Having found that there is critical non joinder it will not be necessary to delve in-depth into the issue of prescription or estoppel, save to say the issue is definitely a customary law one in substance. Moreover, the respondents acknowledge in their heads of argument that the applicant did not exhaust local remedies before approaching the courts. It is argued in paragraph 3.8 and 3.9 that the proper course, given the averment that no complaint was received by the chairperson of the Assembly, would be for the applicant to approach second respondent. Indeed given that Chairperson is now aware, assuming he genuinely was not, then there is no reason why the process laid down for disputes should not be followed. In any event, it is also the Provincial Assembly of Chiefs this is better placed to determine whether the dispute has a long standing history that the applicant has averred.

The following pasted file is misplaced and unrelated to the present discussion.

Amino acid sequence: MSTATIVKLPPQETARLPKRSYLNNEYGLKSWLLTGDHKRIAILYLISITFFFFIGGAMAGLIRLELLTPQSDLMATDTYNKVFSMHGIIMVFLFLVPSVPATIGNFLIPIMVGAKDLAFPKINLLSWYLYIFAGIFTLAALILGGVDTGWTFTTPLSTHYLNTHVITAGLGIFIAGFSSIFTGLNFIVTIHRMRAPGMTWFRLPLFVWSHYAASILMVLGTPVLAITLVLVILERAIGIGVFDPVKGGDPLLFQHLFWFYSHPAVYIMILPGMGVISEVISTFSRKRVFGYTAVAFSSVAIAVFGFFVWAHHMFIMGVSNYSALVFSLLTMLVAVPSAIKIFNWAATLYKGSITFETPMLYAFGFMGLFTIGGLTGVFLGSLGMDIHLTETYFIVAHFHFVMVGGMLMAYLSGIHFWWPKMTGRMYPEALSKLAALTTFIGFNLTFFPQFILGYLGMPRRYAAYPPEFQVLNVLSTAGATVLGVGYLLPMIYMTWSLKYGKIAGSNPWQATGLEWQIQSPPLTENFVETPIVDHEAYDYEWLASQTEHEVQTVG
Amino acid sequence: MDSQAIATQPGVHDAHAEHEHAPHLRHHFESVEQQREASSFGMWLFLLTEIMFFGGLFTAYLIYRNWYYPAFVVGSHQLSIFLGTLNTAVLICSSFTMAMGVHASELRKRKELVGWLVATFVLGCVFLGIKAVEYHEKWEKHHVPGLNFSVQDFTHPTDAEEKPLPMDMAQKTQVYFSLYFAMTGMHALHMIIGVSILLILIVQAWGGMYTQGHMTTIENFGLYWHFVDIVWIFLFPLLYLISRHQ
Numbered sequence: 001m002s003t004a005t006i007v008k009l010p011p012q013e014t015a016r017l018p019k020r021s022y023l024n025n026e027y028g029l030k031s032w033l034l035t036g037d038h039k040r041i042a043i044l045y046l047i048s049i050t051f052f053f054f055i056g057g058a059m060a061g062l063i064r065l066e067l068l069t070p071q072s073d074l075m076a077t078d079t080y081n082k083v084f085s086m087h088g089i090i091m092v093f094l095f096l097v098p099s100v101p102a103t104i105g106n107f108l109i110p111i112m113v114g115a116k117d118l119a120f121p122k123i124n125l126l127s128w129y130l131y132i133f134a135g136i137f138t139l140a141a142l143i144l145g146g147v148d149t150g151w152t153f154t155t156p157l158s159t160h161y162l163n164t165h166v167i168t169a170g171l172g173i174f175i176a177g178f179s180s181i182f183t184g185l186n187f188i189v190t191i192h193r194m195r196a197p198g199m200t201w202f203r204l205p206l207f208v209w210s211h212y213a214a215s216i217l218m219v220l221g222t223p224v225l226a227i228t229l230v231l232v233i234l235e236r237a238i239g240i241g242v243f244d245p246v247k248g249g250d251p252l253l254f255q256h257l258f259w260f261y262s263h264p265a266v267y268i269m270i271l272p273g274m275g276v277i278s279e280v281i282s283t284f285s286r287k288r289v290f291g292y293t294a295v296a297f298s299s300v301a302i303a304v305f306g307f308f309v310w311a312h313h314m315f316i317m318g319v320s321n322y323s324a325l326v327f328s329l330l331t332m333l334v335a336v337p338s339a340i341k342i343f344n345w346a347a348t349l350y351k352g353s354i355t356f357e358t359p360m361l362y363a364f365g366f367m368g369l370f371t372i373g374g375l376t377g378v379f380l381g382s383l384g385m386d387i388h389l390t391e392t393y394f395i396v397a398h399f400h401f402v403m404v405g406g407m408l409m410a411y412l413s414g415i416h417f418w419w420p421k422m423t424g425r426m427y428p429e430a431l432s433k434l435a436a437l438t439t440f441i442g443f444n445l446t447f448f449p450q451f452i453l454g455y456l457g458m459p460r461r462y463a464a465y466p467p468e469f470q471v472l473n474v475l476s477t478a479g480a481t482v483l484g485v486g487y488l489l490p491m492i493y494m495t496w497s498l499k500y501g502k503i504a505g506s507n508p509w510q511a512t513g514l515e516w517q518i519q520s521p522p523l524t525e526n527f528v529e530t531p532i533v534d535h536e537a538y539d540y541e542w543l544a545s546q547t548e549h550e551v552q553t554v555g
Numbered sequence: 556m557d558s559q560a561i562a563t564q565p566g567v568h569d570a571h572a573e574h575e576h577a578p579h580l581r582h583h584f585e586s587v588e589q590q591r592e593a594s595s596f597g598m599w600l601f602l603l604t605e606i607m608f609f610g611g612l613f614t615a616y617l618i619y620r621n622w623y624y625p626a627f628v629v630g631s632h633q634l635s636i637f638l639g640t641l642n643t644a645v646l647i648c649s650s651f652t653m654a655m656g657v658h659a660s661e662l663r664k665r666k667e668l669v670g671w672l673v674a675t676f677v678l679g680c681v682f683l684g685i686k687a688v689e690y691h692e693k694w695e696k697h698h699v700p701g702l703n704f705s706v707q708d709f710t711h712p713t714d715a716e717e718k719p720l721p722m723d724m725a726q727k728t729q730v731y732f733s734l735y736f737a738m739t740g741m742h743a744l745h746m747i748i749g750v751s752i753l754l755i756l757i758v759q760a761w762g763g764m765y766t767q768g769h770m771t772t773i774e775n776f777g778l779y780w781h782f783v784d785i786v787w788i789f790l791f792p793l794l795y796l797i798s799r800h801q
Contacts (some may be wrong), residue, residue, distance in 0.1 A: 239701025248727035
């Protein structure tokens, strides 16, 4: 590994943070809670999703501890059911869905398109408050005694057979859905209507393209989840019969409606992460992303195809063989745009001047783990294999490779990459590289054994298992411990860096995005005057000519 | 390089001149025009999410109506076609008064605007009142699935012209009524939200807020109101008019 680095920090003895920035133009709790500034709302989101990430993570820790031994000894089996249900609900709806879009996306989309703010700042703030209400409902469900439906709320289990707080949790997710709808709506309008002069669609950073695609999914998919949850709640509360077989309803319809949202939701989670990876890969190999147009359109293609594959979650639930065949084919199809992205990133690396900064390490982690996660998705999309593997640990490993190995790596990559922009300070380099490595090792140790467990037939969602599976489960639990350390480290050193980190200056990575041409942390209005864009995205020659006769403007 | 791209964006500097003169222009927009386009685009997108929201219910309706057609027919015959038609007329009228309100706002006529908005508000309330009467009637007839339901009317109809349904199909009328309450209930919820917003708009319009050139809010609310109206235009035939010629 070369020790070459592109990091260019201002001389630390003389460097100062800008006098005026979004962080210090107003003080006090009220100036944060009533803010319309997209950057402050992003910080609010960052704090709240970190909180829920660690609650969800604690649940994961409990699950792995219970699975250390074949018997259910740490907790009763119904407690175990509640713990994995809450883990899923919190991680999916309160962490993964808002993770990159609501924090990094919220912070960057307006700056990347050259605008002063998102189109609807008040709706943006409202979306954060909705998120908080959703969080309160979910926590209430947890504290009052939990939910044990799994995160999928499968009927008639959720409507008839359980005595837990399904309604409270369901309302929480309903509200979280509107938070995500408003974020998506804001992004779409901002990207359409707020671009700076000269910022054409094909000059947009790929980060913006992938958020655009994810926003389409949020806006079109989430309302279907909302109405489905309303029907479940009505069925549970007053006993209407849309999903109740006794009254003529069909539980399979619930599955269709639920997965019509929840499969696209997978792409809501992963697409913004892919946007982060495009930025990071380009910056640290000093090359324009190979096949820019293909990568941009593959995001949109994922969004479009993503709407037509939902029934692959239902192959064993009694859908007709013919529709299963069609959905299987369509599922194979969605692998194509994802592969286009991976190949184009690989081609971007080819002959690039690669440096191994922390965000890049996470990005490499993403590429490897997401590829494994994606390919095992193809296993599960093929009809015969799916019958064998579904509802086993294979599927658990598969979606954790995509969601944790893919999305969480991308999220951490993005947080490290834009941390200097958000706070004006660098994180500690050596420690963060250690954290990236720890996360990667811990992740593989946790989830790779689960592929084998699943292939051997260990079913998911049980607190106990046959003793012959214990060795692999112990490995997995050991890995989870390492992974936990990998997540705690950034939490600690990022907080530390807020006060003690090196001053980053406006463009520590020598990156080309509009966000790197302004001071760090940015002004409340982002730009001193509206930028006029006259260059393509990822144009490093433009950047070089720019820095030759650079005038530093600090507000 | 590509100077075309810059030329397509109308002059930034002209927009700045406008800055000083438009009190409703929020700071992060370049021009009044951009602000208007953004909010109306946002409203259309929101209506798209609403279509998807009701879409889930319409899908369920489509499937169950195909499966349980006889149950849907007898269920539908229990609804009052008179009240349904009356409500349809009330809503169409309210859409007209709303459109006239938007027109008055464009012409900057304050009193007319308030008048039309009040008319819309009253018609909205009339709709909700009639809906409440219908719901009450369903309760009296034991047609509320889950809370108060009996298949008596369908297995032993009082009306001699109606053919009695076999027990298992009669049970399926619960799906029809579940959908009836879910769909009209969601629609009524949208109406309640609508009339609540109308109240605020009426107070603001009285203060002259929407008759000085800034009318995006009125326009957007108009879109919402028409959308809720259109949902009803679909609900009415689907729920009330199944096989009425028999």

Whilst the point in limine on joinder is upheld, I do not think that an order of costs against the applicant would be appropriate in this case given the absence of harmonisation of the Constitution with relevant legislation. It is ultimately disrespectful of the constitutional status of customary law which impacts on many people’s lives when ordinary people are left to dither for years on end regarding how processes are supposed to operate efficiently due to lack of speedier harmonisation of relevant legislation with the constitution. In the final result;

It is hereby ordered that:

  1. The point in limine regarding the fatality of non-joinder of the President of the Republic of Zimbabwe in this application is upheld.
  2. The application is dismissed.
  3. There is no order as to costs.

 

Mukwewa Law Chambers, applicant’s legal practitioners
Gill Godlonton and Gerrans, 2nd and 3rd respondents’ legal practitioners